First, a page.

Mississippi River Floods -- The Branstad Connection

(State Senator Rob Hogg has been calling for more investment in watershed projects.   - promoted by desmoinesdem)

With floodwaters along the Mississippi River in the southern U.S reaching historic levels it’s time for Iowa to take a leadership role in helping prevent future flooding by investing in watershed improvement programs and conservation in Iowa.

Many people might not know what a watershed is. A watershed is basically a basin defined by highpoints and ridges that descend into lower elevations and stream valleys. A watershed carries water from the land after rain falls and snow melts. Drop by drop, water is channeled into soils, groundwaters, creeks, and streams, making its way to larger rivers and eventually the sea.

According to the EPA:

A watershed is the area of land where all of the water that is under it or drains off of it goes into the same place. John Wesley Powell, scientist geographer, put it best when he said that a watershed is:

“that area of land, a bounded hydrologic system, within which all living things are inextricably linked by their common water course and where, as humans settled, simple logic demanded that they become part of a community.”

Watersheds come in all shapes and sizes. They cross county, state, and national boundaries. In the continental US, there are 2,110 watersheds; including Hawaii Alaska, and Puerto Rico, there are 2,267 watersheds.

This is the connection between watershed and land management practices in Iowa and recent flooding on the Mississippi River. …more after the jump…

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Good news for water quality in Culver's final bill signings

Governor Chet Culver signed more than two dozen bills on May 26, the last day he was able to take action on legislation approved during the 2009 session. Two of the bills made up the last piece of the I-JOBS program, four more are aimed at helping veterans and Iowans on active duty, and the rest cover a wide range of issues.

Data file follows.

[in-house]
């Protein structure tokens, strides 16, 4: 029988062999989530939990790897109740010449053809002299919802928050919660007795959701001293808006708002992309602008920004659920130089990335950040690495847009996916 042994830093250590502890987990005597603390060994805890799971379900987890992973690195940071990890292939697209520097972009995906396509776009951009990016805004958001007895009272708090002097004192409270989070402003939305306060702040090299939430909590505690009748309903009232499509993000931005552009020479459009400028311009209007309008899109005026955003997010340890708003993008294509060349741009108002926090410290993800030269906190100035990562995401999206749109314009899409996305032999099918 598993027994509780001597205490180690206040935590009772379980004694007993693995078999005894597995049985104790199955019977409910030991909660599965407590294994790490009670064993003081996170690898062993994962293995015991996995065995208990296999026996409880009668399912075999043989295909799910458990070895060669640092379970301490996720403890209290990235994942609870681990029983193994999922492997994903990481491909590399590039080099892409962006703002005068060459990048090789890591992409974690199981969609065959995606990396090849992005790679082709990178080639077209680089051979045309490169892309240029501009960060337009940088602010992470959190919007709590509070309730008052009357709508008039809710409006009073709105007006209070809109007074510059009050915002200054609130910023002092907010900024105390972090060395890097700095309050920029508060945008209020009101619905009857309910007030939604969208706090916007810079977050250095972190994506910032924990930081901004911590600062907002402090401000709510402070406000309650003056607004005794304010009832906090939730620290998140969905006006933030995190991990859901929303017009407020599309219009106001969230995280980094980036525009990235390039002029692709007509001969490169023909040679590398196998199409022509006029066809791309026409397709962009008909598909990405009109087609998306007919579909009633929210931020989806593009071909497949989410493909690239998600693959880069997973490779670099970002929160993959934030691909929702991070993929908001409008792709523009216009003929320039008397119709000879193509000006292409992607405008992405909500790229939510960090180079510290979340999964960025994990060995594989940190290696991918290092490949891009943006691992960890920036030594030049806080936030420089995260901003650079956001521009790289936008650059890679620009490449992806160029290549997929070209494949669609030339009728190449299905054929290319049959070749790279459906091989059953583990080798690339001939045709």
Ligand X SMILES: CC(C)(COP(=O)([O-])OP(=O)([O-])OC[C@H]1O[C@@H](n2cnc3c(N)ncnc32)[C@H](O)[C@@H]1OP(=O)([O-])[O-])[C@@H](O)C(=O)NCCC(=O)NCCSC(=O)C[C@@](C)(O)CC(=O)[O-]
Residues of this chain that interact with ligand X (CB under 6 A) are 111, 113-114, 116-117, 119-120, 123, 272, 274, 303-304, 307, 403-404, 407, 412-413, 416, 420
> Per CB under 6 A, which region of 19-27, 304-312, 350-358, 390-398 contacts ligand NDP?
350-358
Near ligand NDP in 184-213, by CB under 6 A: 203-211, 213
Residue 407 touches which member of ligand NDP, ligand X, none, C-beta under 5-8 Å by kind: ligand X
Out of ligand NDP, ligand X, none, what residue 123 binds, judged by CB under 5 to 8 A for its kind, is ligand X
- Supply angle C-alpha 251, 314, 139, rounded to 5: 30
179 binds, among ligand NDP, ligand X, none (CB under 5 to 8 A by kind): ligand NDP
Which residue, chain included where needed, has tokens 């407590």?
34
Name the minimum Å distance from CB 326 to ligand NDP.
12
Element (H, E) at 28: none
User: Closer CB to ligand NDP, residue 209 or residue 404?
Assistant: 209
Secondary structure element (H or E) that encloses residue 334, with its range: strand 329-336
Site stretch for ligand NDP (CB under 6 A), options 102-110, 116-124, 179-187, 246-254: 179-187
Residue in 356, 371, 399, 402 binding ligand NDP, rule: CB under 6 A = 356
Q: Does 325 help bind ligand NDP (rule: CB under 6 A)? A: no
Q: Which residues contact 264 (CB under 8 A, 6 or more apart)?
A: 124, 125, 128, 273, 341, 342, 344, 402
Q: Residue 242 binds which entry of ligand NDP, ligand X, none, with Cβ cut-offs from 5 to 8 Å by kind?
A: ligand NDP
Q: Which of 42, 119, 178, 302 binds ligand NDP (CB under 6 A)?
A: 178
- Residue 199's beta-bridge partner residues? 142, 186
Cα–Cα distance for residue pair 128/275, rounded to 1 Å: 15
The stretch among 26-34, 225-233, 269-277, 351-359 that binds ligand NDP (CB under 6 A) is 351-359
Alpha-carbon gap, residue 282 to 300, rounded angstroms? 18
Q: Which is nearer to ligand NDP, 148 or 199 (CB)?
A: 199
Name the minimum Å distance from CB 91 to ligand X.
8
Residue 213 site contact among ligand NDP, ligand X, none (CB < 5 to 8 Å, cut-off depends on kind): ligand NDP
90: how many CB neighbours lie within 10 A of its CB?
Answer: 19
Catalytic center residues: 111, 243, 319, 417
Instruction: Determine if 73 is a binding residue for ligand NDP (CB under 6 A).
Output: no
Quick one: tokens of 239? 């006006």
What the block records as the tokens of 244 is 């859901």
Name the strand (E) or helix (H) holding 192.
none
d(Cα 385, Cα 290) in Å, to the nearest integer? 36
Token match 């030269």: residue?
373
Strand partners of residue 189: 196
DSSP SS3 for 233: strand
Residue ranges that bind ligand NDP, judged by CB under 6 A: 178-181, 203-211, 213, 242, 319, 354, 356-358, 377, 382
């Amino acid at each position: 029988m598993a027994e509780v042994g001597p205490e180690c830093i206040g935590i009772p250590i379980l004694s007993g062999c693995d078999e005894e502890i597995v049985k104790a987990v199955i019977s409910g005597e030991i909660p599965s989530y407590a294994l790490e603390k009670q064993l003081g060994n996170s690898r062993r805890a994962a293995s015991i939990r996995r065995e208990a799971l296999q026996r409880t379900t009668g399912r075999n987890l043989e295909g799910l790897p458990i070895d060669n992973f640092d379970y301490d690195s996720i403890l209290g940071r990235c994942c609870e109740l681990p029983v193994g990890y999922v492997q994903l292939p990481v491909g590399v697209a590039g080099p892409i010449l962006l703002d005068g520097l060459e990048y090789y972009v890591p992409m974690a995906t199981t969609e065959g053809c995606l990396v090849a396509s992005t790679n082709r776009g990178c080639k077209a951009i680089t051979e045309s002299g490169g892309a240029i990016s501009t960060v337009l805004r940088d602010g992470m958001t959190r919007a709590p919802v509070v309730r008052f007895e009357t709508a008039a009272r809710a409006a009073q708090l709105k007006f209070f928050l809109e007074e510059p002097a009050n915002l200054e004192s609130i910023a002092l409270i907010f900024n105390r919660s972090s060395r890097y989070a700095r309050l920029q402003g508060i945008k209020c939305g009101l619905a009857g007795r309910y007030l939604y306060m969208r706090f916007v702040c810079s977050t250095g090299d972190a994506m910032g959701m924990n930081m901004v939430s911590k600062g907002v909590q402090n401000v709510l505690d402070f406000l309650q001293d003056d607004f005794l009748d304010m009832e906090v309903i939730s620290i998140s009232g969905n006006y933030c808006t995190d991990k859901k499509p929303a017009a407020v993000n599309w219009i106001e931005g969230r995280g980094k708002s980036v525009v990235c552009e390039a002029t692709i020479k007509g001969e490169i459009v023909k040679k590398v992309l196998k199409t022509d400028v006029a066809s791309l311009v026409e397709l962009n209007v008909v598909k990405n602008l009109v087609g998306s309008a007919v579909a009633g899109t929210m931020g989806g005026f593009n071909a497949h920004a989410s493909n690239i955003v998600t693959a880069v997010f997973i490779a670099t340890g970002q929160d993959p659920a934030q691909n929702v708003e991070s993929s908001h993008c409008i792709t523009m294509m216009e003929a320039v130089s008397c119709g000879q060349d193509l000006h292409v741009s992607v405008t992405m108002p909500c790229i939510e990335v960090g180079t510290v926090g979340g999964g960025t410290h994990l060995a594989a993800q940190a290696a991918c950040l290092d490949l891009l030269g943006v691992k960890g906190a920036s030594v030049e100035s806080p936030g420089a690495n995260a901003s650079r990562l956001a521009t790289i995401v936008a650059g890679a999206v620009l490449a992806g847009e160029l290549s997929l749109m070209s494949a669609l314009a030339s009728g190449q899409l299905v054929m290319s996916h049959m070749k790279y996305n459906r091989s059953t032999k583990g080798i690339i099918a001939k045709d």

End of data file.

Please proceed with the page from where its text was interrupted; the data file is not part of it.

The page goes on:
Some good news for water quality was buried in the long list of bills and veto messages signed on Tuesday. For the details, follow me after the jump.

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Don't blow it, Democrats: Stand up for Iowa women

Looking ahead to the 2010 elections, I’m concerned  that Iowa Democratic leaders will try to coast on our party’s voter registration advantage and well-organized early voting effort.

As I’ve written before, I believe Democrats need to have big successes to show for 12 years of control of the governor’s office and four years of a legislative majority. Democrats have posted net gains of seats in the Iowa House and Senate for four straight elections now. Voters are going to ask what have we done for them lately, especially if the country is still in recession 18 months from now.

Trouble is, the budget outlook continues to deteriorate. Deep cuts to education and other popular programs are expected when Governor Culver submits his revised draft 2010 budget to the legislature. Iowa’s budget problems are nowhere near as bad as those faced by some other states, but they’re bad enough to prevent legislators from throwing money toward every good idea.

For those reasons and more, it’s important for Democrats not to blow it when they have a chance to do something tangible (yet inexpensive) for a key voter bloc. You know how they say, “When women vote, Democrats win?” Now Democrats in the Iowa legislature have a chance to return the favor. I enclose part of an action alert the Iowa Commission on the Status of Women sent out on Wednesday:

We need your help today to contact your legislators on all three issues.

   * SF 137 Being the first state in the nation to extend the Ledbetter Fair Pay Act to the state level

(The House and Senate have passed different versions and are working to reach consensus.)

   * HF243 Tripling the number of women making decisions that impact our communities by requiring gender balance on local boards and commissions

(Passed the House and now deferred on the Senate Floor for later action. Local government officials have been contacting legislators, urging them to oppose the bill “because it would be difficult” to achieve gender balance.  Please contact your Senators!)

   * Justice Systems Appropriations bill: Keeping Iowans safe by restoring a $4 million state appropriation to fund victim services

For more information on any of these issues, please visit our policy page. Also, you might want to listen to yesterday’s Talk at 12 on Iowa Public Radio, which featured discussion on the wage discrimination and gender balance bills and the issue of women running for office.

If your representatives are Democrats, please contact them about these issues. The Lilly Ledbetter Fair Pay Act is a no-brainer. Frankly, refusing to pass it would be a tremendous insult to all the women who have worked so hard for so many years to elect Iowa Democrats.

It’s false to imply that Iowa lacks enough talented women to serve on boards and commissions.

There aren’t many well-organized interest groups working the phones to demand appropriation for victim services, but cutting those funds would cause real suffering.

It’s time for our leaders to step up and show that when Democrats vote, women win.

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